Two situations involving the death of officers, in two different countries, are causing some lively discussion on the net right now.
1. Alberta, Canada.
I reported earlier about the four RMCP officers killed by a suicidal maniac who may have been growing marijuana among his other problems. Naturally, the immediate knee-jerk response by many politicians was to call for harsher penalties for marijuana grow-ops. Fortunately, others have shown some smarts.
Check out this article from the Toronto Star (archived at Cannabis News, along with discussion).
“The whole reason grow ops exist is because of prohibition,” [Lawyer Eugene] Oscapella said yesterday.
“This is very simple economics and it’s really appalling that the governments, not just this but the past governments, profess to have such a sophisticated understanding of economics but can’t seem to grasp the fact that they’ve created this incredibly powerful, lucrative and violent black market in Canada.” …
Jack Cole, a former undercover narcotics agent from New Jersey, who now heads the pro-legalization Law Enforcement Against Prohibition (LEAP), agrees the Alberta tragedy is likely a direct result of laws that make marijuana’s growth and use illegal.
“And creating rigid laws with stiffer penalties because of this situation is a knee-jerk thing that policy makers (will likely) do because they don’t seem to know anything else,” says Cole, “But when they do that it will only make things worse… the harsher the penalties, the more likely it is that (more) officers will be killed.”
Cole, who worked 14 years undercover with the New Jersey State Police, says his country’s 35-year-old war on drugs and its 1920s alcohol prohibition experience show restrictive policies make the use of banned substances more pervasive and their distribution more lethal.
There’s a very extensive discussion below that article that shows this kind of issue can cause some real heat.
2. Columbia, Missouri, USA.
Voters in November passed an ordinance that reduces the penalty for simple possession of small amounts of marijuana to a fine. This has been unpopular with some idiotic legislators as well as some law enforcement groups.
Officer Sterling Infield, President of Columbia Police Officers Association (CPOA) wrote a letter asking city officials to “squash this tainted ordinance.” In this letter, he referred to two officers who had been shot in the line of duty — Officer Curtis Brown and the late Officer Molly Bowden — saying “To stop this ordinance would bring a small degree of justice back to” Bowden and Brown, “who risked all to protect their community.”
Now the officers were shot by someone who had marijuana charges (among others), but the change in the ordinance would not have had any affect, which Infield later admitted. Now most of Columbia’s police force has been properly following the new ordinance, but Infield’s letter has generated some controversy, especially since he posted it at an open forum on the CPOA site (see “Letter to Assist City Administrator” for text of the original letter and check out some of the other folders for some spirited debate).
In both of these cases, while charges of using the deaths of officers for political gain has been bandied about in both directions, it was prohibitionists who first sought to exploit. And what makes that particularly hard to stomach is the fact that their case hold no merit whatsoever. It can be clearly shown time and time again that tougher prohibition makes it more likely that cops will be killed in the line of duty, not less likely.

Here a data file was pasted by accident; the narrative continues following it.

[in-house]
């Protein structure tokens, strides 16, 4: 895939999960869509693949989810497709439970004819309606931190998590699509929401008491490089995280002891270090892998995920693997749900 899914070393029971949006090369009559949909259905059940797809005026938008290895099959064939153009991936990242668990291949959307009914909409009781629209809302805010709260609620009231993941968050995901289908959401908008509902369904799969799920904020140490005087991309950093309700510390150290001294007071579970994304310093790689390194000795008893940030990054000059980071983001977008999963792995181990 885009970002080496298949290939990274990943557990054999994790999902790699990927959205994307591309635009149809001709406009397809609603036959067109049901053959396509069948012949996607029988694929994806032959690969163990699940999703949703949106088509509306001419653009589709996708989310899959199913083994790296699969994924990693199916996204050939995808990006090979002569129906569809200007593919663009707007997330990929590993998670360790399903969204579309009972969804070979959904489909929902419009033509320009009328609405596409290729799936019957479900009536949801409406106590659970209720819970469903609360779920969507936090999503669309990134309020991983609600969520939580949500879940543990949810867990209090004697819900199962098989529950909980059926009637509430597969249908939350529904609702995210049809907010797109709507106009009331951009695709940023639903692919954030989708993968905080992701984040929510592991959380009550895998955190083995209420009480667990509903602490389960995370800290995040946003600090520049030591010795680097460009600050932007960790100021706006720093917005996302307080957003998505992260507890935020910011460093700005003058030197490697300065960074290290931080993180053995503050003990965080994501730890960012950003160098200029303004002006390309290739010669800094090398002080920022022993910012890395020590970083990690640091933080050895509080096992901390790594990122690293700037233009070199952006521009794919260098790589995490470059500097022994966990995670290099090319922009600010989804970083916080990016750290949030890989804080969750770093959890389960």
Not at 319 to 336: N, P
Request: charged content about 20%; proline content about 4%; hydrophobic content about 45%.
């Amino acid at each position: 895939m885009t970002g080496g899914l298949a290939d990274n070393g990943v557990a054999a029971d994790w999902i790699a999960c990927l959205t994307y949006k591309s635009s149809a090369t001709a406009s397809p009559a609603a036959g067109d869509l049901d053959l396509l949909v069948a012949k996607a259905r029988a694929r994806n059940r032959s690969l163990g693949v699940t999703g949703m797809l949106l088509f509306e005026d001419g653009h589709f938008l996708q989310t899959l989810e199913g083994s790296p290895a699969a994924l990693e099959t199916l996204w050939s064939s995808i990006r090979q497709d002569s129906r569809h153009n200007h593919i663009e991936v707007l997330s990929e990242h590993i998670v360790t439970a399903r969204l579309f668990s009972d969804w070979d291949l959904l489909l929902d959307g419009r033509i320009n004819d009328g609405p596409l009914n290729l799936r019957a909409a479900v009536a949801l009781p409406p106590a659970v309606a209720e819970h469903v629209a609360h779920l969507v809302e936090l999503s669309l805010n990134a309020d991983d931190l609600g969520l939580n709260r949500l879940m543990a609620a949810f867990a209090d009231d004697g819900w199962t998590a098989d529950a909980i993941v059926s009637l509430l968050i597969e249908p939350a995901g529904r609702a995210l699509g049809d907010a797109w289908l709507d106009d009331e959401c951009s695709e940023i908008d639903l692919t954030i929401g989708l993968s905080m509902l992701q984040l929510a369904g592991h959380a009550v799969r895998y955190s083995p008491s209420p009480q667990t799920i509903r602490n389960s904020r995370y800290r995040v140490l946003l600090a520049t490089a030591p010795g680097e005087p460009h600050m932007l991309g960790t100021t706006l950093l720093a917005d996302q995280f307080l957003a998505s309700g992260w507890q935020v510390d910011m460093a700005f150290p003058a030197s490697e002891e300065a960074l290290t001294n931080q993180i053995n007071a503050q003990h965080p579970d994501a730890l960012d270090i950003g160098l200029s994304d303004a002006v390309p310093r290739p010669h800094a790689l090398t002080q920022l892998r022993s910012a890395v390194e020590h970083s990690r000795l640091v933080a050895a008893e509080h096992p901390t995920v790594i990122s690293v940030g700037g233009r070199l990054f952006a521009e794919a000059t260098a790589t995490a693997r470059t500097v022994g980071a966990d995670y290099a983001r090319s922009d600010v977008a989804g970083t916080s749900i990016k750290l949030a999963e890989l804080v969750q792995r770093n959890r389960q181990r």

Drug WarRant supports law enforcement officers, particularly the vast majority who believe in their oath to serve and protect all citizens. When I rant against law enforcement officers, it is those who are vicious and corrupt or who have declared war on the citizens (as in many task forces).
Additionally, I believe that law enforcement officers have often been horribly used in the failed drug war (and I list several among the group of Drug War Victims on my site).
And I despise those who would use the deaths of officers to advocate further war.
Now one of the more interesting debates that often surfaces in this kind of discussion over drug war deaths is the concept of two sides with their own version of how to stop the violence.
- Prohibitionists say that if nobody used drugs there would be no drug war violence.
- Drug Policy Reformers say if it weren’t for prohibition causing the black market, there would be no drug war violence.
The thing is, both are correct.
But are both arguments equally possible?
Option 2 is certainly possible. It is, after all, the status that existed years ago, and it could happen again with the passage of certain laws.
Option 1, however, is impossible. Decades of drug war enforcement have had little impact on the use of drugs and it’s clear that no amount of ratcheting up of the drug war will result in the absence of drug use. Even in countries where drug smuggling earns the death penalty there appears to be no shortage of offenders.
So one option is possible, while the other is not. That should at least cause the prohibitionists to consider the options. If the reverse were somehow true (in an alternate university with different laws of economics), I, as a reformer, would feel it necessary to at least seriously consider and discuss option 1 (despite my views on liberty).
It is intellectually dishonest for prohibitionists to refuse to discuss option 2. Yet they do refuse. And instead they exploit the deaths of good cops to further their descent into madness.